Doing more with less

It’s tough running something like PAS. We spend public money and certainly sound like a quango (even if we’re not). Most of the things we do are delivered free at the point of delivery, so we don’t have the most perfect of feedback loops – people buying from elsewhere. Accordingly, we do our best to understand whether or not we’re doing the right thing and one of the methods is to have a steering board.

One of the clear messages we got from our steering board was the level of pain anticipated for next year. On a practical level we have therefore made changes to our programme, all based on what we anticipate will be the needs of LPAs who are cash-strapped and in a tough environment. But there were two related things that I took away from the event.

Our steering board is a genuinely interesting bunch of people and I really love them for their generous and well-meant help. However, the idea that probably has given me the most thought in the days afterwards was made as an aside.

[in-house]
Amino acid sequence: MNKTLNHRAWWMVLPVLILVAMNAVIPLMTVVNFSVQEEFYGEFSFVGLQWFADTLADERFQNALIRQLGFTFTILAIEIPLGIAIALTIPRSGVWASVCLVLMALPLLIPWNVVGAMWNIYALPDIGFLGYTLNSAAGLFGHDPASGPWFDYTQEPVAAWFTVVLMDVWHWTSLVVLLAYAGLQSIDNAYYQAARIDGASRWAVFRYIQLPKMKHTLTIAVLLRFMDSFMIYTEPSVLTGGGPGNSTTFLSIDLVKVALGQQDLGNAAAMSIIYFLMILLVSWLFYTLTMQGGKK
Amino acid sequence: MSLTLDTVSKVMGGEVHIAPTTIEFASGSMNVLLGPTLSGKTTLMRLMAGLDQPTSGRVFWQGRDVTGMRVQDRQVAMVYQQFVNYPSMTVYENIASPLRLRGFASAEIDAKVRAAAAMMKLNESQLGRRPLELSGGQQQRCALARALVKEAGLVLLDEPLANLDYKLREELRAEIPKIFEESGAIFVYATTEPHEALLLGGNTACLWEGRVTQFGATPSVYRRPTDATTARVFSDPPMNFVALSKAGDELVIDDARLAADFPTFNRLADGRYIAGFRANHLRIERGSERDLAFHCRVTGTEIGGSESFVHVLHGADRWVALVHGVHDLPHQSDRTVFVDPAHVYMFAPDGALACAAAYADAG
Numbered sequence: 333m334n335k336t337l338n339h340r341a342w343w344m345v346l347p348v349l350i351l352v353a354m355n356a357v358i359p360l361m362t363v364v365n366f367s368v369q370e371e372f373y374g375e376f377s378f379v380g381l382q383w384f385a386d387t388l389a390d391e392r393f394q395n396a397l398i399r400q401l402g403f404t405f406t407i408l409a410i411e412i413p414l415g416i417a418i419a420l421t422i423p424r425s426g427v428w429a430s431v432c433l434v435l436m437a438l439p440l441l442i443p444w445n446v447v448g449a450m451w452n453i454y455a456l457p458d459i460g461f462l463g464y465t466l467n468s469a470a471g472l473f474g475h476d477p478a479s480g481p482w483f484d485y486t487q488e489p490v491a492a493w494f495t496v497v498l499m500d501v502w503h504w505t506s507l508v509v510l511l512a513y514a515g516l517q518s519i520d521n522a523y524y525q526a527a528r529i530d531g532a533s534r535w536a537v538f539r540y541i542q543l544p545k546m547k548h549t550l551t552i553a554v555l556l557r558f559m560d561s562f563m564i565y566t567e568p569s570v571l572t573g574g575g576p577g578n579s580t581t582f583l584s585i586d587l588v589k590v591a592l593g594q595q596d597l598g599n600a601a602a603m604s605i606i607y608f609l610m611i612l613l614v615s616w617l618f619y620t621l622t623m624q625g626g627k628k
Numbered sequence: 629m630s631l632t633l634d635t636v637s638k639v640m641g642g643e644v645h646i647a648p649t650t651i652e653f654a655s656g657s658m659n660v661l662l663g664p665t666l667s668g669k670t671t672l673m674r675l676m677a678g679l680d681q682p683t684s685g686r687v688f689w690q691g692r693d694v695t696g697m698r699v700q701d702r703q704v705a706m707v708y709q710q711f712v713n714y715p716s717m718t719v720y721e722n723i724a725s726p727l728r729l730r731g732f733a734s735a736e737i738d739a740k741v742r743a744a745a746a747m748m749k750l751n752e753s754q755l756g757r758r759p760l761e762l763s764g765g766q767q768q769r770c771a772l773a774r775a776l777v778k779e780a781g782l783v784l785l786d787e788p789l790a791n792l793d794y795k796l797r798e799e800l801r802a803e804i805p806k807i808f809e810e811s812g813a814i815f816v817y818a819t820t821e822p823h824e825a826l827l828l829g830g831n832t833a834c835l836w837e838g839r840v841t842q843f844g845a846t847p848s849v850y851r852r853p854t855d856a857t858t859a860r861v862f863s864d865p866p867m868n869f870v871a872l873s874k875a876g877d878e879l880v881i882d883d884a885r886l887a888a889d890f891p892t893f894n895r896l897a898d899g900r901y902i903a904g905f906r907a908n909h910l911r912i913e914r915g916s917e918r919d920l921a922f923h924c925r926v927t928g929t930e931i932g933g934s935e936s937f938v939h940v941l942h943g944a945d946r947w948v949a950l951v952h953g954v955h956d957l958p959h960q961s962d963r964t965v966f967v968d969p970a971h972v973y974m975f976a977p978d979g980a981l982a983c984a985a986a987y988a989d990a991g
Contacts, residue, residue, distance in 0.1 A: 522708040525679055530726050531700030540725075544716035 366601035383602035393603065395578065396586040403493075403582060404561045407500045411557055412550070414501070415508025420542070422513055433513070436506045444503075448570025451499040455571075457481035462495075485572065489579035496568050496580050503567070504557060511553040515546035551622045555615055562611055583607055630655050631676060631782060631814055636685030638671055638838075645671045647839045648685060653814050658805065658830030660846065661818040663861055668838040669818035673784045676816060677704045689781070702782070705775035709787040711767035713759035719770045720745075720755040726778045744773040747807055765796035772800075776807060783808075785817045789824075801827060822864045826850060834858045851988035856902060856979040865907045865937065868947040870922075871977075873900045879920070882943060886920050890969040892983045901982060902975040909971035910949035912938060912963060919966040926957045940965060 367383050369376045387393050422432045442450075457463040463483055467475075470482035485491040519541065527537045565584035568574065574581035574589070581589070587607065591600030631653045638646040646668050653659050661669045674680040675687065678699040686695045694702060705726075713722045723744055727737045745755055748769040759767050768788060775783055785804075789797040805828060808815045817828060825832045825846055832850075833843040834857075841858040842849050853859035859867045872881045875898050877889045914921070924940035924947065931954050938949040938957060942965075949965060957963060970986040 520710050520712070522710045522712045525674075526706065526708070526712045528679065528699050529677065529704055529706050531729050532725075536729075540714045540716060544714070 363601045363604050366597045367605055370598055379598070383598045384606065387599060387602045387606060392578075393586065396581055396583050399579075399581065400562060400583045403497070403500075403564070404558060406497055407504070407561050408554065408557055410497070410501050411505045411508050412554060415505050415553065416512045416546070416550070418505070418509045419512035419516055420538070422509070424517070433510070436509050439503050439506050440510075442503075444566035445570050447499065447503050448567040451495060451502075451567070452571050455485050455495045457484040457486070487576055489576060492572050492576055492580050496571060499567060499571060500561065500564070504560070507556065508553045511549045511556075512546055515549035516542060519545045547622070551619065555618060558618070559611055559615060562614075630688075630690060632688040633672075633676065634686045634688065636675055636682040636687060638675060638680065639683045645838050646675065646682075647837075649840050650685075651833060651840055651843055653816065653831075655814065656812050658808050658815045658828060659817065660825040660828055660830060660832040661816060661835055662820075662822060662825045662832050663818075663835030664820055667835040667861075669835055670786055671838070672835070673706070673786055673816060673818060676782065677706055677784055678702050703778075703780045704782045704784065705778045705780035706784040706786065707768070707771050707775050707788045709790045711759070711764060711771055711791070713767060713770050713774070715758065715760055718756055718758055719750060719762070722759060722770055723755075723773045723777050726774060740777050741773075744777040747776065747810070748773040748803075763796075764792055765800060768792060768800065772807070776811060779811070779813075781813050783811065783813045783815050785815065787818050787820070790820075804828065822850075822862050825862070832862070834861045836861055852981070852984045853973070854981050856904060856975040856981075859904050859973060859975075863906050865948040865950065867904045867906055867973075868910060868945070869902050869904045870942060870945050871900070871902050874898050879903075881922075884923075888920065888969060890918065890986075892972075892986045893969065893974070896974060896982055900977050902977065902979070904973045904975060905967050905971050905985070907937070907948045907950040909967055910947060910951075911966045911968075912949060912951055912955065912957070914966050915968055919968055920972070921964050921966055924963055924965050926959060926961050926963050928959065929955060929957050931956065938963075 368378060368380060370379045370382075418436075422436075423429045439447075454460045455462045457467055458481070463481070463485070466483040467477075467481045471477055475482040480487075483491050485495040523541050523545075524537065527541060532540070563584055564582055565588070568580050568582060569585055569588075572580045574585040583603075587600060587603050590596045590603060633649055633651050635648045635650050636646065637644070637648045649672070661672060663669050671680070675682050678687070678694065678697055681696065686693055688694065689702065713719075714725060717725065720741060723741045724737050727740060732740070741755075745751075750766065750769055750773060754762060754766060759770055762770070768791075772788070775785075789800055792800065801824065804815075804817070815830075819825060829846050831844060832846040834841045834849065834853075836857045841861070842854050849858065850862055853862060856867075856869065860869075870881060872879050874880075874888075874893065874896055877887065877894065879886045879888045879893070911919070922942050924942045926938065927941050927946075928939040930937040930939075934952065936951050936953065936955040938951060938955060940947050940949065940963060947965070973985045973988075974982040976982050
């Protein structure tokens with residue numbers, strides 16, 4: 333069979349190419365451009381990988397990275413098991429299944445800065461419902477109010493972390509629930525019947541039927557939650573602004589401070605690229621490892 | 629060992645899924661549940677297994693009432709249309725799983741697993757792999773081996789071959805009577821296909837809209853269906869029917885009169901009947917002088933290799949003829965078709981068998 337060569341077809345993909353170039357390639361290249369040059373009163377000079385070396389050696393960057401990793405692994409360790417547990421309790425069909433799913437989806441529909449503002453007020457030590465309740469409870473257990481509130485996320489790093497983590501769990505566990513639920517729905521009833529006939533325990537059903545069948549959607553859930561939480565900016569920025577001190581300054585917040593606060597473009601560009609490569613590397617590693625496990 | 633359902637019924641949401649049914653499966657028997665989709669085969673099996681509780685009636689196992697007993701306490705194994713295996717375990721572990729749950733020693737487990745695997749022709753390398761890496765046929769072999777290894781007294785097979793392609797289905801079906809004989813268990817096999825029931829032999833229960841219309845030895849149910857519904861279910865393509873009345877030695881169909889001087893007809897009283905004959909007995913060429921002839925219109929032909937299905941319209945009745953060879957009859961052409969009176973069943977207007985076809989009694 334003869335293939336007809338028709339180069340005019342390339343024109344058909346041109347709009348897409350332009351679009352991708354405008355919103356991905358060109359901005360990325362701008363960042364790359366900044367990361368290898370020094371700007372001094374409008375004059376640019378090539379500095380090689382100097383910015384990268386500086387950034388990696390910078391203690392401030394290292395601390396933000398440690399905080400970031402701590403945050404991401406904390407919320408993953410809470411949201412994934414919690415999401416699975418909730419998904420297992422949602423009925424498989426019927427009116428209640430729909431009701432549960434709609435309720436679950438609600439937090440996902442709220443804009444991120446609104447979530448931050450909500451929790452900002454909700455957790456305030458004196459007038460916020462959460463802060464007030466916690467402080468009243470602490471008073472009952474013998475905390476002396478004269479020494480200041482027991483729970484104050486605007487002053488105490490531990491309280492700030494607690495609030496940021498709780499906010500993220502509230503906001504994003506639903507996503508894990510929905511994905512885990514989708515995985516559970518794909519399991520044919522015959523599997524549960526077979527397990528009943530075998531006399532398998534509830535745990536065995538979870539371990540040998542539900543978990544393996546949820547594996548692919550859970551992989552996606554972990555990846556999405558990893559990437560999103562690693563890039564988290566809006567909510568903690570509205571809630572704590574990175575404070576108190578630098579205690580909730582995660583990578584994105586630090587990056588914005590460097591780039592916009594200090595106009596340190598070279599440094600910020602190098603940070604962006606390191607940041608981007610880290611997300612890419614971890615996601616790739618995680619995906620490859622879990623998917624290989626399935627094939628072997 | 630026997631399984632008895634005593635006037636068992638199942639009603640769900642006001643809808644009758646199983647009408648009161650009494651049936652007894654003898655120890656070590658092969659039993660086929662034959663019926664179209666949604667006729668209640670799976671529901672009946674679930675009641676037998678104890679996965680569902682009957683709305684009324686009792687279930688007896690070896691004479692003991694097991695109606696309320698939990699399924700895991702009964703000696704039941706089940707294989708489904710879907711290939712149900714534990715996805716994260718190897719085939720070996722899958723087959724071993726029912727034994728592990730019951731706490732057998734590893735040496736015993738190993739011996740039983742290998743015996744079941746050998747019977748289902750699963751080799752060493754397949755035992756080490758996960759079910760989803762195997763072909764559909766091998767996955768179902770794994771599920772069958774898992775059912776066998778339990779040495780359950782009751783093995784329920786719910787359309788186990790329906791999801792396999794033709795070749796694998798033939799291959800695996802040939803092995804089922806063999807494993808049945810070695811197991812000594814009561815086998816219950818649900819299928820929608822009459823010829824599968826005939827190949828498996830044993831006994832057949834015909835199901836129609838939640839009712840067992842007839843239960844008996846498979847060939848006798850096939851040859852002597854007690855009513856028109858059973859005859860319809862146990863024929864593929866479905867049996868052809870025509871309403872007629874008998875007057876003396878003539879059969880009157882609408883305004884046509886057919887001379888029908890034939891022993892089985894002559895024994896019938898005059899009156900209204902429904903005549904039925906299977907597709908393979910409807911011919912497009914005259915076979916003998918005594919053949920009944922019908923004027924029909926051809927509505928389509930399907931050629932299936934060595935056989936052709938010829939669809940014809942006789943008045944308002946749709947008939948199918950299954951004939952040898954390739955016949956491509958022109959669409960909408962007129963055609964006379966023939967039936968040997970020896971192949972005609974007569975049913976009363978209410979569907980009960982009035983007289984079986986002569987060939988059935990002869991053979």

If we couldn’t make the LDF system work in times of plenty, how on earth are we going to make progress now ?

Written down, it looks a bit gloomy, but I think it was meant in a more energising way. This is the time to actually ‘get real’, time for planning to embrace “satisficing”.

The other is shamelessly stolen from AlicePalace, my partner at PAS. She very shrewdly observed that the popular mantra “doing more with less” is misleading, and actually not particularly helpful when planning services. Far more appropriate for next financial year is “doing less with less” – let’s challenge everything and make sure that it is actually going to make our place better.

Yes, it’s very natual for people like me sitting in “improvement services” to talk enthusiastically about “transformation” and “efficiency gains” maybe even “cashable savings”. However, when pondering what I heard described as “ten lean years” it feels to me that AlicePalace has it just right. The starting point is not to attempt to keep all the plates spinning on slightly less money – rather it is to beat an orderly retreat and focus on a sound core of necessity. Welcome to the age of austerity. Doing less with less. Merry Christmas.


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